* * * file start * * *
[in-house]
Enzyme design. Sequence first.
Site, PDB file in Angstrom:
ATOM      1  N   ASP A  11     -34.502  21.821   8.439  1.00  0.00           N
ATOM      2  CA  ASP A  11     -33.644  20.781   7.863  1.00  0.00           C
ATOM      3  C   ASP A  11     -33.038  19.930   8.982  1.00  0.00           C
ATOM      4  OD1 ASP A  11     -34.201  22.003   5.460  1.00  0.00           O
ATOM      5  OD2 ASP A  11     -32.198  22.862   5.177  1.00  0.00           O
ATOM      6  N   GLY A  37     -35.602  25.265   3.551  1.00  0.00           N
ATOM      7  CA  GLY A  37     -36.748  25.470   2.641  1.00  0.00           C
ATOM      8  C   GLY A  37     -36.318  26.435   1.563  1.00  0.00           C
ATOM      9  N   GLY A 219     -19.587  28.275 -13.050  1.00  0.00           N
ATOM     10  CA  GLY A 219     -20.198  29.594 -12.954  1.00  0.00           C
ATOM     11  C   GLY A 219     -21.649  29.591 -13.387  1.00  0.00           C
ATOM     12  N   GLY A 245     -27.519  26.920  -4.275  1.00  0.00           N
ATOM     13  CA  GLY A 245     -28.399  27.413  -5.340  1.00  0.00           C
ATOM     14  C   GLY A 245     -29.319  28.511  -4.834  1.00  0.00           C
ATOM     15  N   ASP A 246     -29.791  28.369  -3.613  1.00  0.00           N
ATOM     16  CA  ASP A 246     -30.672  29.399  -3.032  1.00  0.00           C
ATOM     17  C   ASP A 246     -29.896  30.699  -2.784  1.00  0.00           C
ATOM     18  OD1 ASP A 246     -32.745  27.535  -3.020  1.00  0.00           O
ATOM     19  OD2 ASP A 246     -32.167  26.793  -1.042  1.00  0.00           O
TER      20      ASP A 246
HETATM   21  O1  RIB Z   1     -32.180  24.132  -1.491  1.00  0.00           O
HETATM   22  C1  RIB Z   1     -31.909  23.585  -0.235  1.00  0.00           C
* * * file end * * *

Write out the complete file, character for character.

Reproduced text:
[in-house]
Enzyme design. Sequence first.
Site, PDB file in Angstrom:
ATOM      1  N   ASP A  11     -34.502  21.821   8.439  1.00  0.00           N
ATOM      2  CA  ASP A  11     -33.644  20.781   7.863  1.00  0.00           C
ATOM      3  C   ASP A  11     -33.038  19.930   8.982  1.00  0.00           C
ATOM      4  OD1 ASP A  11     -34.201  22.003   5.460  1.00  0.00           O
ATOM      5  OD2 ASP A  11     -32.198  22.862   5.177  1.00  0.00           O
ATOM      6  N   GLY A  37     -35.602  25.265   3.551  1.00  0.00           N
ATOM      7  CA  GLY A  37     -36.748  25.470   2.641  1.00  0.00           C
ATOM      8  C   GLY A  37     -36.318  26.435   1.563  1.00  0.00           C
ATOM      9  N   GLY A 219     -19.587  28.275 -13.050  1.00  0.00           N
ATOM     10  CA  GLY A 219     -20.198  29.594 -12.954  1.00  0.00           C
ATOM     11  C   GLY A 219     -21.649  29.591 -13.387  1.00  0.00           C
ATOM     12  N   GLY A 245     -27.519  26.920  -4.275  1.00  0.00           N
ATOM     13  CA  GLY A 245     -28.399  27.413  -5.340  1.00  0.00           C
ATOM     14  C   GLY A 245     -29.319  28.511  -4.834  1.00  0.00           C
ATOM     15  N   ASP A 246     -29.791  28.369  -3.613  1.00  0.00           N
ATOM     16  CA  ASP A 246     -30.672  29.399  -3.032  1.00  0.00           C
ATOM     17  C   ASP A 246     -29.896  30.699  -2.784  1.00  0.00           C
ATOM     18  OD1 ASP A 246     -32.745  27.535  -3.020  1.00  0.00           O
ATOM     19  OD2 ASP A 246     -32.167  26.793  -1.042  1.00  0.00           O
TER      20      ASP A 246
HETATM   21  O1  RIB Z   1     -32.180  24.132  -1.491  1.00  0.00           O
HETATM   22  C1  RIB Z   1     -31.909  23.585  -0.235  1.00  0.00           C